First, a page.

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LED Growing - The Numbers

Discussion in 'Indoor Marijuana Growing' started by Pot Geek, Sep 10, 2004.

  1. I'm sure if we get enough like minded people, we can combine what we know and figure it out... I'm in the same boat froggy. I want to give it a shot, but there is alot more I need to learn first.

    But I want to experiment on it first in a cloning chamber.
  2. #22 dusty5330, Nov 11, 2009
    Last edited by a moderator: Nov 11, 2009
    lumens are only a rating used for the brightness of the light as seen by people, us not plants. To enable pot to flower under led lights you need a white light in with them or you could use a hybred system. Whatever you do do not put led lights close to your plants as it will damage them.The intensity of the led s is very strong close to the light and spreads out like a funnel as you get further away. That is if you get the led s I am talking about that come set up to grow with.
  3. to elaborate on the last post, candles and lumens are NOT interchangeable units, not only that, they are measured by the peaks of certain spectrums, namely those that humans can see.

    Even moreso, your math is somehow wrong, in another post of mine I figured the %eff of HPS, CFL, and LED (seach if you'd like), and HPS was about 70-80% efficient at turning power to pure light, meaning any wattage of LED's you have under that value will NEVER produce as much light as the HPS will.

    Of course the light output is measured as the area under the lumen curve, so you would be right if you were to say "but you can have x amount more lumens in red". Myself, and many other have their reservations that ONLY red/blue can grow a plant properly though -- many more frequencies of light are likely needed to grow perfectly. Much in the same way you can feed a person pure protein carb's and fat's in 1 form and expect them to develop right.

    Anyway, LED's are a lot more eff, over 90% I think. So you can potentially get (9/7)*wattage the efficiency of a HPS, with a lot less heat. But its going to take a hell of a lot more than 30 watts to ever grow weed properly.
  4. Let's not forget the inverse square law.

    Lumens are measured at one foot from the bulb. So if you can put your plant at 6 inches, you'll get 4 times the lumens. If you can put your plant 3 inches away, it will get 16 times the lumens.

    In my understanding of LEDs, there is a problem with putting the plant too close. At less than a foot or so, the red and blue colors aren't mixing (you get red and blue spotting), so you can get weird artifacts in the grow.

    This is the beauty of CFLs. They put out so little heat that you can put the plants real close to the bulb (like an inch or two) and effectively get many times more lumens than the bulb's lumen rating. And no red and blue spots, because the spectrum is broad and mixed.
  5. No, your thinking of making LED applications more efficient for home appliances, theyre switched on and off at a rate of 50hz (every 20ms), so that they conserve energy, and still look like theyre on permently, becuase of an optical illusion called " pesistance of vision".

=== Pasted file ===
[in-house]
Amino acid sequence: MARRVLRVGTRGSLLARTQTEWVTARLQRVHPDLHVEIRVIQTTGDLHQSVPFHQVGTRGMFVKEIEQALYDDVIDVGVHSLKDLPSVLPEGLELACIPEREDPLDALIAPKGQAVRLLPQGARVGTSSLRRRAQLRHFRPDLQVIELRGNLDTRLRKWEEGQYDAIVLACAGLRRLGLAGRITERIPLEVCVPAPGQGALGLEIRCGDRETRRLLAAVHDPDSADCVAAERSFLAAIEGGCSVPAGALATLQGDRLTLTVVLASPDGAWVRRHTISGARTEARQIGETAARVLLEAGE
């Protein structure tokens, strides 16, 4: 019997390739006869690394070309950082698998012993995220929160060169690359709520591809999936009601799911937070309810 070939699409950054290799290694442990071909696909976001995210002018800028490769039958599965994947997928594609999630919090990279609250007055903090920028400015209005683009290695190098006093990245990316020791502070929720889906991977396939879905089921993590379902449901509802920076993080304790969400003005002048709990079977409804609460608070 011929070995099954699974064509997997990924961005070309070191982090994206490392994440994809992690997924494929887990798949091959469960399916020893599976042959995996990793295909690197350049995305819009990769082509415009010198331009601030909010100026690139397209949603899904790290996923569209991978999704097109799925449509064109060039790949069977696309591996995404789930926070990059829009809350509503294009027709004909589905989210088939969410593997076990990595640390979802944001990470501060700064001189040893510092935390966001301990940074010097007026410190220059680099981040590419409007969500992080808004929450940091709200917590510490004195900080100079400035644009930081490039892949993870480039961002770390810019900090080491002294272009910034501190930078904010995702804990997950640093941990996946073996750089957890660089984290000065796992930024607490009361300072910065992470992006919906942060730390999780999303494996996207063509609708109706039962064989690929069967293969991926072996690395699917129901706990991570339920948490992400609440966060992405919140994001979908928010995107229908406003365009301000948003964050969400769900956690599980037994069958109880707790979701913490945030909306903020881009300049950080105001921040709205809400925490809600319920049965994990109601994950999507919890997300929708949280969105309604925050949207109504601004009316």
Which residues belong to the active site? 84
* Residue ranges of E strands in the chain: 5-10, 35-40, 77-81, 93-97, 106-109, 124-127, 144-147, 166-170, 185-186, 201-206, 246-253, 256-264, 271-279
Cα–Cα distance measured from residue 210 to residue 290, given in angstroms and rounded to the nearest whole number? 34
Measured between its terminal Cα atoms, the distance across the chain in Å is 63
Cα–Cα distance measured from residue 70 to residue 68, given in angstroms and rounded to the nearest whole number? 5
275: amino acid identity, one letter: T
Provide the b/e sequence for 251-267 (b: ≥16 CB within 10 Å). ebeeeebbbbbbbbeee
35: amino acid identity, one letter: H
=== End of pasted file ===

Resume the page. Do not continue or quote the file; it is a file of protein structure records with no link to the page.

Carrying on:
This thread is full of specualtion, and "chinese whisper" style Information, i'm going to flood it with some facts in about 5 minutes once i can pull up my old posts for you all.
  6. There's a common misconception that Lumens only refers to white light
    This is false, and is usually propaganda spread by LED haters, trying to "disprove" things using basic definitions, hopefully the following clears things up.

    All light is measured by Radiant Flux (power) and radiant intensity (the concentration, eg bulb spreads light out, small viewing angle LED concentrates the light intensity)

    Lumens refers to the eyeballs sensitivity to the color green, and Luminous Flux is calculated by using the Radiant flux value, multiplied by 1 when the light source is green, and then this multiplier lowers the further you move away from the 555nm wavelength, either up or down the spectrum.

    If the light source isn't exactly green, but made up of different colors, then calculus is used to find the multiplier, it is the integrate of Wavelengths in the bandwidth the Light source is producing.

    That means every light that isn't a green 555nm Led, has had its Lm/w rating calculated by this process, whether its a LED, HID, or a Standard Light bulb.
  7. PAR is very important for growing, Its sort of like lumens, but for plants.
    It is weighted like Lumens, but the 1x Multiplier is at 700nm, and then rapidly drops as you move up the spectrum, going down the spectrum the multiplier doesn't roll off to 0 until 400nm

    This scale is "weighted" in bias of the bandwidth of wavelengths that plants use to grow, unlike the Lumen system which is Weighted to bias 555nm wavelength.

    This is so that growers know they're getting all the light they need to cover these Wavelengths:

    (Originally Posted by Strictly Haze)
    chlorophyll a 430nm, 662nm dual peak
    chlorophyll b 453nm, 642nm dual peak
    phycoerythrin 590nm, single peak
    phycocyanin 625nm, single peak
    Beta-carotene 450nm, 480-485nm dual peak

    Note that PAR doesn't Value Short wave infrared (>700nm), or UV wavelengths (<395nm); these are outside of the 400-700nm PAR range, even tho many LED grow panels specifically advertise they include an Infrared and UV led to "optimize growing"
  8. dusty5330, you should necro some threads from 1994 aswell, im sure the people that posted info back then would be really interested in the updates of technology aswell:cool:

  9. wow didnt even catch that, haha
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